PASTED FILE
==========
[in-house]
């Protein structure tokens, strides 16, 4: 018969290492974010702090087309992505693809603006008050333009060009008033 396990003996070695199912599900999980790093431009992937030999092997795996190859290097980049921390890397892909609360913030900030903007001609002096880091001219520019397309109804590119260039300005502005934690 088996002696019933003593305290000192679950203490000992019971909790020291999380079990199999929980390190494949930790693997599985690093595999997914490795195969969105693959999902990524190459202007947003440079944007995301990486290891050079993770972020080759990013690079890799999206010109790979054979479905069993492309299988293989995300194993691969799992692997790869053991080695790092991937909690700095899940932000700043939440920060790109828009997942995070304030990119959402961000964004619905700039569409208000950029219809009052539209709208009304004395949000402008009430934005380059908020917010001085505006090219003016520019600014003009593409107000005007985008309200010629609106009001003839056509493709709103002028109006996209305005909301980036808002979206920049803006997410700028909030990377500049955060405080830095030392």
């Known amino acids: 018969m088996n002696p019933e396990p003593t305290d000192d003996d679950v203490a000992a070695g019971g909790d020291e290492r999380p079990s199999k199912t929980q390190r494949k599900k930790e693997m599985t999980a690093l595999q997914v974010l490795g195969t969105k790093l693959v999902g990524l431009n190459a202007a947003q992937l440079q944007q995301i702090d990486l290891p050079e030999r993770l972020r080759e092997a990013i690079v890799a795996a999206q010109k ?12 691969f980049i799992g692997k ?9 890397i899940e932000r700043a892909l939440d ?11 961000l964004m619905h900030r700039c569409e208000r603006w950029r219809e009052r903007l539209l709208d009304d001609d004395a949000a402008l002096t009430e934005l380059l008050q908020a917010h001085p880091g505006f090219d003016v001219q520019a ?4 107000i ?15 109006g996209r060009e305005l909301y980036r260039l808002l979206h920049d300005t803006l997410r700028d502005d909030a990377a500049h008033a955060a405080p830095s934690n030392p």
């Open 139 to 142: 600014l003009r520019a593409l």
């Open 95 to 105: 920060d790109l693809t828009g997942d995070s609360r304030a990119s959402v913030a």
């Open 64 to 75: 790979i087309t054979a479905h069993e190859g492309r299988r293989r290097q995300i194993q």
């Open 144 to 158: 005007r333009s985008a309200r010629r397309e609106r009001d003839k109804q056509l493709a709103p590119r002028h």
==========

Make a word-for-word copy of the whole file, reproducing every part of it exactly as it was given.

[in-house]
């Protein structure tokens, strides 16, 4: 018969290492974010702090087309992505693809603006008050333009060009008033 396990003996070695199912599900999980790093431009992937030999092997795996190859290097980049921390890397892909609360913030900030903007001609002096880091001219520019397309109804590119260039300005502005934690 088996002696019933003593305290000192679950203490000992019971909790020291999380079990199999929980390190494949930790693997599985690093595999997914490795195969969105693959999902990524190459202007947003440079944007995301990486290891050079993770972020080759990013690079890799999206010109790979054979479905069993492309299988293989995300194993691969799992692997790869053991080695790092991937909690700095899940932000700043939440920060790109828009997942995070304030990119959402961000964004619905700039569409208000950029219809009052539209709208009304004395949000402008009430934005380059908020917010001085505006090219003016520019600014003009593409107000005007985008309200010629609106009001003839056509493709709103002028109006996209305005909301980036808002979206920049803006997410700028909030990377500049955060405080830095030392």
């Known amino acids: 018969m088996n002696p019933e396990p003593t305290d000192d003996d679950v203490a000992a070695g019971g909790d020291e290492r999380p079990s199999k199912t929980q390190r494949k599900k930790e693997m599985t999980a690093l595999q997914v974010l490795g195969t969105k790093l693959v999902g990524l431009n190459a202007a947003q992937l440079q944007q995301i702090d990486l290891p050079e030999r993770l972020r080759e092997a990013i690079v890799a795996a999206q010109k ?12 691969f980049i799992g692997k ?9 890397i899940e932000r700043a892909l939440d ?11 961000l964004m619905h900030r700039c569409e208000r603006w950029r219809e009052r903007l539209l709208d009304d001609d004395a949000a402008l002096t009430e934005l380059l008050q908020a917010h001085p880091g505006f090219d003016v001219q520019a ?4 107000i ?15 109006g996209r060009e305005l909301y980036r260039l808002l979206h920049d300005t803006l997410r700028d502005d909030a990377a500049h008033a955060a405080p830095s934690n030392p």
């Open 139 to 142: 600014l003009r520019a593409l």
């Open 95 to 105: 920060d790109l693809t828009g997942d995070s609360r304030a990119s959402v913030a």
């Open 64 to 75: 790979i087309t054979a479905h069993e190859g492309r299988r293989r290097q995300i194993q």
């Open 144 to 158: 005007r333009s985008a309200r010629r397309e609106r009001d003839k109804q056509l493709a709103p590119r002028h």